Discussion

First of all, the uniqueness of the characters’ names really throws me off; Acheron Parthenopaeus (Ash), Nicholas Ambrosius Gautier, Nekoda Kennedy, Kyrian Hunter, Kyi Poitiers, Madaug St. James, etc. are names that just don’t roll off my tongue nicely, and I had a hard time trying to pronounce the names in my head and trying to remember that “Kody” is short for “Nekoda” and that “Gautier” is pronounced “Go-shay” and not “Go-tee-ay”. I know Kenyon is trying to set the mood for a paranormal novel and make her characters memorable, but it just doesn’t work for me.

The characters themselves also bug me because of the way they speak – Nick and his mom shift from speaking very properly to suddenly developing N’awlins accents, while other (apparently) more mature characters casually use chat acronyms such as “WTH”, “SOB”, and “FYI”.

And if there’s one character that I can’t connect with, it has to be Nick. Nick has a lot of spunk and humor, which leads to many hilarious conversations between him and his family, friends, and enemies. However, Nick is distracted by all the girls in the story because they all look really hot, and he ends up drooling over them or smelling them or doing something else weird when he gets close to them. Example one:

Nick looked up at the softest, sweetest voice he’d ever heard. His stomach hit the ground.

Dressed all in pink, she was gorgeous, with silky brown hair and green eyes that practically glowed.

Oh. My. God.

Nick wanted to speak but all he could do was try not to drool on her.

Example two:

It was Brynna Addams dressed in a pretty blue dress and cream sweater. With her dark hair held back from her face by a thin lacy headband, she looked like an absolute angel. One that didn’t belong in the run-down crap hole that was their house.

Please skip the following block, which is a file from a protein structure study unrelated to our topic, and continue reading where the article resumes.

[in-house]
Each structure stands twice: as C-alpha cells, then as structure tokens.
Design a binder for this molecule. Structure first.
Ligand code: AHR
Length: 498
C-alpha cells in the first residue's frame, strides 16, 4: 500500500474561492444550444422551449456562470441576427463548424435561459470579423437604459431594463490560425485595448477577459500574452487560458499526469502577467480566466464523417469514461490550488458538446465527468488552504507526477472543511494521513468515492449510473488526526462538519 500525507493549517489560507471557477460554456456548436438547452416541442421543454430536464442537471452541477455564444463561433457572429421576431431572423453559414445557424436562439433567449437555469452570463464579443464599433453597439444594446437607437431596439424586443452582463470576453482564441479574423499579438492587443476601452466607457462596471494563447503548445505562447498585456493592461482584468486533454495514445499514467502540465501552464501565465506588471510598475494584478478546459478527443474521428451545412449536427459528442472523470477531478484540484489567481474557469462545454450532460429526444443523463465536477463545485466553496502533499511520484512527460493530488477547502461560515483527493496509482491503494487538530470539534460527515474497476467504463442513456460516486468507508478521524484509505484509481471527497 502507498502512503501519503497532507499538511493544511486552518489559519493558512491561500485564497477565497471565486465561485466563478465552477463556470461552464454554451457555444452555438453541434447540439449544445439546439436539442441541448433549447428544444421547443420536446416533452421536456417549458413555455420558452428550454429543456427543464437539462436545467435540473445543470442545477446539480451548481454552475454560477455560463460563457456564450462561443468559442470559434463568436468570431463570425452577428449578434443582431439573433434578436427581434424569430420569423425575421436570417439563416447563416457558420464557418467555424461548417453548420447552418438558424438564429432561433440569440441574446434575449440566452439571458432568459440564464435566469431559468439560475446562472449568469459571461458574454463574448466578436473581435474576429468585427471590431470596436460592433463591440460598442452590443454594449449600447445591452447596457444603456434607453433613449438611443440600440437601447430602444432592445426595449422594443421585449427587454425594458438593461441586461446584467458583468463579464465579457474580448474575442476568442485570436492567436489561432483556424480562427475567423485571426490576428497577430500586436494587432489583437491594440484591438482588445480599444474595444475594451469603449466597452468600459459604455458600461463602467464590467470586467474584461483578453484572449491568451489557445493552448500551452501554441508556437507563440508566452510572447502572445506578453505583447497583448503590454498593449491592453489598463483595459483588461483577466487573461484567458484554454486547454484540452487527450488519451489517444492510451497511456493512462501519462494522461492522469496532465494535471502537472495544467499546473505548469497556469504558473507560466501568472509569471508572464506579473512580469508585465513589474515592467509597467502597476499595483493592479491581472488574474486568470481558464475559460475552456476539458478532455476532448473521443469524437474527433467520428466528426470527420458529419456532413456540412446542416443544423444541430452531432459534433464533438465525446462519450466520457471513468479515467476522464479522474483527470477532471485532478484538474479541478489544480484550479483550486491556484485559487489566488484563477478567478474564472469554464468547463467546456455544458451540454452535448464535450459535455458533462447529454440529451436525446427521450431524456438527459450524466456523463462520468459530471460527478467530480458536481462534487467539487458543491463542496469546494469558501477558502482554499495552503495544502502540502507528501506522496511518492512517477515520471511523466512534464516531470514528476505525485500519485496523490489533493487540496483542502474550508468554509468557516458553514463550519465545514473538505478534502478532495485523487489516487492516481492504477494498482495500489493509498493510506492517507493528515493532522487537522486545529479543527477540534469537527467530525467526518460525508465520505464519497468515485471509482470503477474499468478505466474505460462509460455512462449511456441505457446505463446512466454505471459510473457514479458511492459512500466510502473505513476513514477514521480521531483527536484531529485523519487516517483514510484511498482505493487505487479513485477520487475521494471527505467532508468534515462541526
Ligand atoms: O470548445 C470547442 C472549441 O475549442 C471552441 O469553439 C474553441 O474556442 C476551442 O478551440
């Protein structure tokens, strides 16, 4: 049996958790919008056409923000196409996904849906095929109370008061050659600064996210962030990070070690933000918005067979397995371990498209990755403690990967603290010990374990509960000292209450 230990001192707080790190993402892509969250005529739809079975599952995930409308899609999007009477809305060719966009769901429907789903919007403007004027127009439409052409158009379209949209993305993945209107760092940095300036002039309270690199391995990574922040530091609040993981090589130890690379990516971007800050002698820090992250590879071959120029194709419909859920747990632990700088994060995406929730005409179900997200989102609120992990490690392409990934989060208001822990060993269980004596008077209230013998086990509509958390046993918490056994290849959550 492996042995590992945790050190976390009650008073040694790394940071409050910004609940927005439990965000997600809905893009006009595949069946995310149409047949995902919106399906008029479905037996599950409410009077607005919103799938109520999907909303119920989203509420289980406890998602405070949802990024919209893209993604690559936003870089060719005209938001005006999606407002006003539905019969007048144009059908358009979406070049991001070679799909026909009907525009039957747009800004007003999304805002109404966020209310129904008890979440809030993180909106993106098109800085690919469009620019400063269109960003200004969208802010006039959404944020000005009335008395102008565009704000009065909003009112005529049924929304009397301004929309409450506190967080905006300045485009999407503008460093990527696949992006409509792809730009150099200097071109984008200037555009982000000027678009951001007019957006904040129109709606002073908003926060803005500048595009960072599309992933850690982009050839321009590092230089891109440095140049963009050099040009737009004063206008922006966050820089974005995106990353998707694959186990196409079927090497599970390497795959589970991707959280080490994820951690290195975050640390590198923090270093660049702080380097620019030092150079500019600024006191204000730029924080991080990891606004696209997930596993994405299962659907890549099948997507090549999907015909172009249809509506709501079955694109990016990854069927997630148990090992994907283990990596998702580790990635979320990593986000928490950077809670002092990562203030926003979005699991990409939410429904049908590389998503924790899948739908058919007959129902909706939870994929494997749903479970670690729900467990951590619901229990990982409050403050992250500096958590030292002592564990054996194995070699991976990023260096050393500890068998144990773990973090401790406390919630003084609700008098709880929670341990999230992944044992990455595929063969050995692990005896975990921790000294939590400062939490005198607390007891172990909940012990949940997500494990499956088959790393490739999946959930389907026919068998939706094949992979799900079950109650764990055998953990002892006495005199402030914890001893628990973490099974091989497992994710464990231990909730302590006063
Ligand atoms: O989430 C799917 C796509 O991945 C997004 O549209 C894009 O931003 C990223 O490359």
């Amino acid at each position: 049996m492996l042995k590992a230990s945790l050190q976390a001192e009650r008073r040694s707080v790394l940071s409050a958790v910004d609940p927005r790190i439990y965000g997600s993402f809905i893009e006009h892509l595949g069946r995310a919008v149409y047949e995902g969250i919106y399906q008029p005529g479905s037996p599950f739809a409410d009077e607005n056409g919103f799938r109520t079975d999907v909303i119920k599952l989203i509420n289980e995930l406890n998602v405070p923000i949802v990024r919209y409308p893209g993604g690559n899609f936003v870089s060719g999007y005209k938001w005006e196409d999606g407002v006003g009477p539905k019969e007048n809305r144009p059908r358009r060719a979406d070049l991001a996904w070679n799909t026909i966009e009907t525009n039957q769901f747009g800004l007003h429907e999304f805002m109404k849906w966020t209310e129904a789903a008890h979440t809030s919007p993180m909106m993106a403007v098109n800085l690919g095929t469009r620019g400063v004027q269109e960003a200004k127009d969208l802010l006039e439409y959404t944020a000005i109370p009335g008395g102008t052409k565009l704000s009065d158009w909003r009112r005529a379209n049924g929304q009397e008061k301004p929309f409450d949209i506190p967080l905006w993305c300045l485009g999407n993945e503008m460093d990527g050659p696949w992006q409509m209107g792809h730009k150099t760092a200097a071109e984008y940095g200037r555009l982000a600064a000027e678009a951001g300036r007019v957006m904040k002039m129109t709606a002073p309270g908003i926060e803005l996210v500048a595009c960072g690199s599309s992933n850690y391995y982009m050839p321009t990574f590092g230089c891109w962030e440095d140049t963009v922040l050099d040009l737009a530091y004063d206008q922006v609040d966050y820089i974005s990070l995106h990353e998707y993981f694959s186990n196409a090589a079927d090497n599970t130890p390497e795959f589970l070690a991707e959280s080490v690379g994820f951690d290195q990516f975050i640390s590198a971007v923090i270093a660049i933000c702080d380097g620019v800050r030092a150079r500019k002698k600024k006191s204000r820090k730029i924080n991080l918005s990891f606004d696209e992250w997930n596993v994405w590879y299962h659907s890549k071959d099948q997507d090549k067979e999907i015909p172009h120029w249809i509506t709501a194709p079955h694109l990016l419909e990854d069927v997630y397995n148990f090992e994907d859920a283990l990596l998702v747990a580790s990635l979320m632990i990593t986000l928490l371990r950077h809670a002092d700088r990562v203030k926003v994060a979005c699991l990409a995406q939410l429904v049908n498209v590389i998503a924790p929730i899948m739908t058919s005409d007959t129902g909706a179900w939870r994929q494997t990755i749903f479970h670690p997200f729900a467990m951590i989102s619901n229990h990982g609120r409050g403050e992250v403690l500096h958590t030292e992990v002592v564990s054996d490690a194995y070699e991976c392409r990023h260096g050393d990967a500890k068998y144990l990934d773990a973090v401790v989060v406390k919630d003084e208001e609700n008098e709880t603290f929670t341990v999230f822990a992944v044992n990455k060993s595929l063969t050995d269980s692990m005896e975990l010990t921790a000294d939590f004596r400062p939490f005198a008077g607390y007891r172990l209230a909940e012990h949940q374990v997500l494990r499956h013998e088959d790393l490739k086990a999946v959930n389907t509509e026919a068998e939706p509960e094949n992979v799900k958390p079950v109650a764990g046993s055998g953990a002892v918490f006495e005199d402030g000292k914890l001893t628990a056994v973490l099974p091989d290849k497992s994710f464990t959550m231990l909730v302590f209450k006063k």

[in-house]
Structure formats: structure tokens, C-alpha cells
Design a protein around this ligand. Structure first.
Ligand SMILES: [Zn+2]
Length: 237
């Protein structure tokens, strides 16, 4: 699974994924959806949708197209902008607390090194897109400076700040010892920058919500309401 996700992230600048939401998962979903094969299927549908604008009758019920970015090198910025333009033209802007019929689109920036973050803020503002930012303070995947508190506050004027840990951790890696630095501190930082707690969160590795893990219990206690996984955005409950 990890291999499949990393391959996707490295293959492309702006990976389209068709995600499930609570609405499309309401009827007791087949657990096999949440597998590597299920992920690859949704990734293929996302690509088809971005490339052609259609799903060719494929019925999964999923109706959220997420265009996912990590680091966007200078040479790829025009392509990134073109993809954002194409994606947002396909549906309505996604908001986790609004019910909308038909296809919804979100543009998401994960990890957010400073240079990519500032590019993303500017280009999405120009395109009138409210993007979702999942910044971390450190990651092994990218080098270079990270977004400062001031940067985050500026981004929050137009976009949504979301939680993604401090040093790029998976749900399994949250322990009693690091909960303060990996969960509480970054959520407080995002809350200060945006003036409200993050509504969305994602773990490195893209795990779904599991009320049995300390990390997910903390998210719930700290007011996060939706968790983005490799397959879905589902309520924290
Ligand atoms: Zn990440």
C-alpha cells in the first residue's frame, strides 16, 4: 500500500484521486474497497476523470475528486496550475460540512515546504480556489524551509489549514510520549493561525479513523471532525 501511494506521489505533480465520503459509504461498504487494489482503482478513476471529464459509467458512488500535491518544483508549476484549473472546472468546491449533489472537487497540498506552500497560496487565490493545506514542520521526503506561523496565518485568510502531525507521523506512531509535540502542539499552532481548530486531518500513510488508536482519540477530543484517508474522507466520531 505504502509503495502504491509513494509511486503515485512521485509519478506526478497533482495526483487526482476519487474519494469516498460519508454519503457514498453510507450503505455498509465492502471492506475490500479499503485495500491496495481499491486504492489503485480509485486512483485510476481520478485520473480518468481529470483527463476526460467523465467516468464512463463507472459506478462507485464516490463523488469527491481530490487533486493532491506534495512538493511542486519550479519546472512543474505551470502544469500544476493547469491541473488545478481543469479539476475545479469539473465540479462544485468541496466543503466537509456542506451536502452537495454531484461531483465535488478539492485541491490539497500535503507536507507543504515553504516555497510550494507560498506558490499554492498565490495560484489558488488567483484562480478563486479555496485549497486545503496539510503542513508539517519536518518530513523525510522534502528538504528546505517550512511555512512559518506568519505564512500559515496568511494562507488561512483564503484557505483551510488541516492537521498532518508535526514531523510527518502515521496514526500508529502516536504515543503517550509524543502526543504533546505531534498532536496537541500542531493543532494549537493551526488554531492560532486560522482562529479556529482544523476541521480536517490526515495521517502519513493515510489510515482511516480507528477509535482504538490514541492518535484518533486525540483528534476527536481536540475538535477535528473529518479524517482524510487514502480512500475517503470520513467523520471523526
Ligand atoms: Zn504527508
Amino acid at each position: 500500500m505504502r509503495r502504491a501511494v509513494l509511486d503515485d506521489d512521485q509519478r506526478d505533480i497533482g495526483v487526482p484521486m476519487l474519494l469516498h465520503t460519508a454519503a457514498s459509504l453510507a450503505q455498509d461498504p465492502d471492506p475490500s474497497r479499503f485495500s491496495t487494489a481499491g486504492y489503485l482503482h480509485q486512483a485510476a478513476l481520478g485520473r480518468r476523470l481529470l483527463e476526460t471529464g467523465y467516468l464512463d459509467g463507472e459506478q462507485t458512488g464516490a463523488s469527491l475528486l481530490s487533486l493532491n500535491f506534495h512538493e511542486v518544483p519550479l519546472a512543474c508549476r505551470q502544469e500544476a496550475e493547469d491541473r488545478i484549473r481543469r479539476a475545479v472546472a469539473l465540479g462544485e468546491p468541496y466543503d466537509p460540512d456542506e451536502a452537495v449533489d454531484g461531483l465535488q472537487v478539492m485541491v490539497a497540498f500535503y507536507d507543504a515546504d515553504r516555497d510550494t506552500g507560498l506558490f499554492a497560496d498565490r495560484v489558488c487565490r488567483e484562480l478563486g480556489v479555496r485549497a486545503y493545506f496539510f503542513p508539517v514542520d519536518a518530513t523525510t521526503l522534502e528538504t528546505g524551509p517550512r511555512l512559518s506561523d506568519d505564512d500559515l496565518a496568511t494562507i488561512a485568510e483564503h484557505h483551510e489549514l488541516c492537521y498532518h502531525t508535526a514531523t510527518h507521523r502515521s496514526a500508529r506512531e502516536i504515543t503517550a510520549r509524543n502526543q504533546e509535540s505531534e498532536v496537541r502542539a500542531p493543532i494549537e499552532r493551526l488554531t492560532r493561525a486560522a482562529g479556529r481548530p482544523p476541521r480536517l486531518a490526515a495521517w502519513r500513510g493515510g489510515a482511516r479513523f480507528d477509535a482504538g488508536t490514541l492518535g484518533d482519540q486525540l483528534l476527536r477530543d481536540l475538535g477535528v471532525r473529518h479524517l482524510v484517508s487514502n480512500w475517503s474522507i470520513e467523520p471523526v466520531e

Example three:

He stopped dead in his tracks, bug-eyed.

Holy…

Every male hormone in his body fired as he saw what had to be the sexiest chick in New Orleans. A couple of years older than him, she was amazing. The good news was she totally distracted him from his pain.

Example fo-fine, I’ll stop. But you get the point, right? Maybe I just can’t connect with teenage boys, but maybe Kenyon’s fictional world is just full of hot chicks. I also feel that as a character, Nick doesn’t develop much in the book; he just started to use his powers near the end of Infinity, so there’s not much to work with.

The storyline… oh, the storyline. I don’t know what happened to it. One of the first major events in Infinity is that Nick’s delinquent “friends” beat him up and try to shoot him. Nick’s thoughts:

I won’t die like this. Not beaten in a gutter by people who’re supposed to be my friends. Guys I’ve known and played with my whole life. I won’t.

Wait, that basically means they’ve been his friends for a long time, right? So why are they suddenly being jerks?

The fact that New Orleans is full of supernatural beings is introduced just as quickly. One moment Nick is trying to believe that his classmates are suddenly turning into zombies, and another moment someone nonchalantly tells Nick that Nick’s biggest bully is a werewolf. I would’ve expected Nick to be in shock or strong denial (I know I would be!), but he just accepts things for the way they are. The main event in Infinity, the zombie attack, just goes on forever and ever and ever, and by that point, I didn’t want to keep reading anymore. I did make it to the last page, but all that I was left with was more foreshadowing and premonitions about Nick and his powers.